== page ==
Mr. Kelley has conducted shoreline change studies where numerical models, including GENESIS and a shoreline model that he developed, were used to predict long-term shoreline response to incident wave processes.  For Cockle Cove in Chatham, MA, GENESIS was used together with wave model results to estimate the effectiveness and expected design life of several beach fill scenarios.  A similar implementation of GENESIS was performed for Winthrop Beach, in Winthrop, MA.  For an analysis of beach nourishment alternatives at historic Plymouth Long Beach, Mr. Kelley performed an analysis of long-term shoreline trends for selected fill designs.

Mr. Kelley also has been involved in offshore sand borrow site impact studies for sites offshore North Carolina (Outer Banks), eastern Florida, southern Virginia, northern New Jersey, and Long Island, New York.  He has used the spectral wave model STWAVE to predict changes in wave propagation along coastlines due to offshore sand mining for beach nourishment.  Wave mode results are used to compute sediment transport to provide a basis for estimating potential impacts on a shoreline.  Mr. Kelley has additional experience with other spectral wave transformation models, and has authored a report that compares the performance of spectral models, including STWAVE, SWAN, and REF/DIF s.  Mr. Kelley provided borrow site wave modeling and sediment transport potential impact analyses used in the environmental assessment of a current beach nourishment project in Virginia Beach, VA, which will use a resource area within the Minerals Management Service (MMS) jurisdiction, on Sandbridge Shoals offshore of southern Virginia.  
     In addition to numerical modeling of coastal processes, Mr. Kelley has performed measurements of inlet dynamics with the use of an Acoustic Doppler Current Profiler (ADCP).  He performed an ADCP survey of Rudee Inlet, in Virginia Beach, VA, and computed the volume of the tidal prism based on the current data.  He was involved in similar ADCP surveys for St. Lucie Inlet, FL (Martin County); Hyannis Inner Harbor, MA; the Thames River, New London, CT; and the Hudson River, NY.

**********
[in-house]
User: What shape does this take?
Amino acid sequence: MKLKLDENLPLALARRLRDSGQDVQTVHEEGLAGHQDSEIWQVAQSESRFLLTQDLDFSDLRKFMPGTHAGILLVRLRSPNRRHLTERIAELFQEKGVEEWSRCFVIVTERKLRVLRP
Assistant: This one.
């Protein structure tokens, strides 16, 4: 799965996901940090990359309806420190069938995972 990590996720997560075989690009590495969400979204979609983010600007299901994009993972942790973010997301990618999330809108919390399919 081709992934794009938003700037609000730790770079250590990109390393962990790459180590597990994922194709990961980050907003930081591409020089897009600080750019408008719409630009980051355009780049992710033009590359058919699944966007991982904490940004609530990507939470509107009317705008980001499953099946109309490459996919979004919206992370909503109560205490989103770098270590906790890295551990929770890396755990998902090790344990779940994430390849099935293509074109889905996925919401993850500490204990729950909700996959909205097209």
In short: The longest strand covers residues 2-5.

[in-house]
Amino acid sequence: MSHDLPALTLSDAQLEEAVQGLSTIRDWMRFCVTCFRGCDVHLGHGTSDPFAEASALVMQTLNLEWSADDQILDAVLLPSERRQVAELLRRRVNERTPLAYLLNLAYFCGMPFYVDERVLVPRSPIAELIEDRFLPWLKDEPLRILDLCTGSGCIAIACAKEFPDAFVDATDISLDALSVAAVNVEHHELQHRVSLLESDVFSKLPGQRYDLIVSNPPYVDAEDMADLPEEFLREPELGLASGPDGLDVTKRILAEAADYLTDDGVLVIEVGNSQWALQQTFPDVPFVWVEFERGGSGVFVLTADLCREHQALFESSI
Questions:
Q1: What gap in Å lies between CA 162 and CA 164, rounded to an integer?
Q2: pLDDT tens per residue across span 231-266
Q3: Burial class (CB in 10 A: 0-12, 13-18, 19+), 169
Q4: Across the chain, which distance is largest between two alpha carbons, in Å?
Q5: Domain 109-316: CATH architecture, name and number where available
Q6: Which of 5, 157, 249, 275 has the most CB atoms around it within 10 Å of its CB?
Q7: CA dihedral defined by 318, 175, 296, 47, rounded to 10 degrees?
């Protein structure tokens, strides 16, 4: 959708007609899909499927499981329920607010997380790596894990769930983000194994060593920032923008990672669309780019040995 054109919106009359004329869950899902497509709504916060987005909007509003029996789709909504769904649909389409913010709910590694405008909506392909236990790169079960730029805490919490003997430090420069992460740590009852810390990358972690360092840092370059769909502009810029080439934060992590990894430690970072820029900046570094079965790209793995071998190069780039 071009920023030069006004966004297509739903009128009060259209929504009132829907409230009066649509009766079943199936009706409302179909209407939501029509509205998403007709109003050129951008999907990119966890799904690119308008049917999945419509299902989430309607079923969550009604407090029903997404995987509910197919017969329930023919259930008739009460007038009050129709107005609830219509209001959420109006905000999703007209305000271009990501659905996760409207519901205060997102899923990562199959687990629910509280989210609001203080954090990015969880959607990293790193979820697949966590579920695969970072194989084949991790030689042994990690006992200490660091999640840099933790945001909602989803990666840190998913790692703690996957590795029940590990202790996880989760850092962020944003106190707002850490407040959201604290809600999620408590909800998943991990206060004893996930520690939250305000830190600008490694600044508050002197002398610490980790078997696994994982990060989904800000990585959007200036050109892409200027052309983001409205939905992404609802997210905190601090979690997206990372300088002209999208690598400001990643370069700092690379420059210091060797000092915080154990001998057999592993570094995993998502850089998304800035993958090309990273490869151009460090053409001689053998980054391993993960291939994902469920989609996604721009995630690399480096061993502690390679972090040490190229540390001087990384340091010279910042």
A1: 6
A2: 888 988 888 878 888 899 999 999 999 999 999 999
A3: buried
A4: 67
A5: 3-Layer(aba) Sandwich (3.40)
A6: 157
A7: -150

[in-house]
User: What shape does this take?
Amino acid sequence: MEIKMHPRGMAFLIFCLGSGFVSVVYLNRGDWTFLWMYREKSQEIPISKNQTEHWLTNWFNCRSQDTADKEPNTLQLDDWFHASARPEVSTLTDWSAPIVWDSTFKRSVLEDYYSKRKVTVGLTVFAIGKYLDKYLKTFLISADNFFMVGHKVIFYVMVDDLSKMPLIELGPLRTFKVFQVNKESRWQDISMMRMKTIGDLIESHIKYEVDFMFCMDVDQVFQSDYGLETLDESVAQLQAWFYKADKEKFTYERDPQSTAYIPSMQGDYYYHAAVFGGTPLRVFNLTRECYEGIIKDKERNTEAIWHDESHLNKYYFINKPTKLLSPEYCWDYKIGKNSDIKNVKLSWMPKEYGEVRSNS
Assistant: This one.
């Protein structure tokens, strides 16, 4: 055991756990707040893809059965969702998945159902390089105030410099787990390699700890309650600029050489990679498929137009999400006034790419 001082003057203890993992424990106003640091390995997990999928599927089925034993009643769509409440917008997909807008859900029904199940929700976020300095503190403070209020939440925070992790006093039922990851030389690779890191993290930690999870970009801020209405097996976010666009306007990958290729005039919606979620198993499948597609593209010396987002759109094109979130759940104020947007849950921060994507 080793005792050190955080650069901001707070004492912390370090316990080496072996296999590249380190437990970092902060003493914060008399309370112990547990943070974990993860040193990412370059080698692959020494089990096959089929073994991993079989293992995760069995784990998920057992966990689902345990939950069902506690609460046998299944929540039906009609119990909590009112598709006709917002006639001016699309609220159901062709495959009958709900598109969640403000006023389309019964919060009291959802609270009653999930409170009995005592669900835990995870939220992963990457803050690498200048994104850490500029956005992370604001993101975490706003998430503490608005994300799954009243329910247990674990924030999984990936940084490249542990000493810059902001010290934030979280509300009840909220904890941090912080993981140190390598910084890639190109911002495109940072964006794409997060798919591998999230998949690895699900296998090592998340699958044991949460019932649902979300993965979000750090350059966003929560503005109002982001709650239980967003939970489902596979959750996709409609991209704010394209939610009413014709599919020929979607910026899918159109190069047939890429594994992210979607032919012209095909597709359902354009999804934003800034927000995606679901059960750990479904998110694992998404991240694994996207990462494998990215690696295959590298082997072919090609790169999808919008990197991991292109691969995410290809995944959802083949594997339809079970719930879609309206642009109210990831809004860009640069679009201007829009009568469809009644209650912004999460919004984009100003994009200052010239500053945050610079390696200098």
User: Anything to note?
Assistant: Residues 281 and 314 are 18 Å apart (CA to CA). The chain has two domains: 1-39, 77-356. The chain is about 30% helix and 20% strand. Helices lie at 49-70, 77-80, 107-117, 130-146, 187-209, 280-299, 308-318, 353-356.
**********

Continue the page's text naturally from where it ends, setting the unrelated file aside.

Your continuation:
Before joining Applied Coastal, Mr. Kelley was a research assistant to the head of the Ocean and Coastal Engineering division of the Civil Engineering department at Texas A&M University.  Through this work, he gained extensive experience with finite element model simulations of storm surge caused by tropical storms and hurricanes using the ADCIRC hydrodynamic software developed by the US Army Corps of Engineers.  The focus of his thesis research was the development of a storm surge forecast system based on the ADCIRC code and the Unified Planetary Boundary Layer model.  Other projects that Mr. Kelley was involved with at Texas A&M include the evaluation of revetment designs for ALCOA and BP in Lavaca Bay, TX.

Before attending Texas A&M, Mr. Kelley was employed by the Electric Boat Corporation, in Groton, Connecticut, as a member of the Advanced Concepts group.  He was responsible for the initial design of several propulsion plant and nuclear fluid systems, including component specifications and system arrangements.  He also worked with the hydromechanics analysis group, where his work included performing CFD analyses on several submarine hull and propulsion concepts.

Coastal Change


 Hydrodynamic & Water
 Quality Modeling


 Wave & Sediment
Transport Modeling


Online Information




 Environmental Impact
























If you have questions regarding this site, please contact the Webmaster.